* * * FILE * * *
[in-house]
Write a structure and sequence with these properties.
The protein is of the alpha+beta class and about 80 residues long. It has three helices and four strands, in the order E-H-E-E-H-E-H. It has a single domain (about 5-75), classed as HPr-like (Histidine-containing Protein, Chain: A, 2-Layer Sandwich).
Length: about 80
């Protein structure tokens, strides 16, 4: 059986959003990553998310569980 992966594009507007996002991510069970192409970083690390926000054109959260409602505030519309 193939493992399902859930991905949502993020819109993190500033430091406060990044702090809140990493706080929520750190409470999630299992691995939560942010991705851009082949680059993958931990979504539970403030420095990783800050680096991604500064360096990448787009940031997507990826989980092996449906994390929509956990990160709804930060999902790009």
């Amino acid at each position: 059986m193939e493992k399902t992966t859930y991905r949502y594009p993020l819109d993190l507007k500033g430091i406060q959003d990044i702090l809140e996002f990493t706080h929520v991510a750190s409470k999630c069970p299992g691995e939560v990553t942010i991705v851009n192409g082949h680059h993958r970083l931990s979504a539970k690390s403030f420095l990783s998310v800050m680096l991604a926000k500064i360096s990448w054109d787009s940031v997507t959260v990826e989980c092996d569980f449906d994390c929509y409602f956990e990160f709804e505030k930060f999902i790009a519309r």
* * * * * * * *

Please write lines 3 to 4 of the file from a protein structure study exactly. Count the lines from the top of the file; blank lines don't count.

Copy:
The protein is of the alpha+beta class and about 80 residues long. It has three helices and four strands, in the order E-H-E-E-H-E-H. It has a single domain (about 5-75), classed as HPr-like (Histidine-containing Protein, Chain: A, 2-Layer Sandwich).
Length: about 80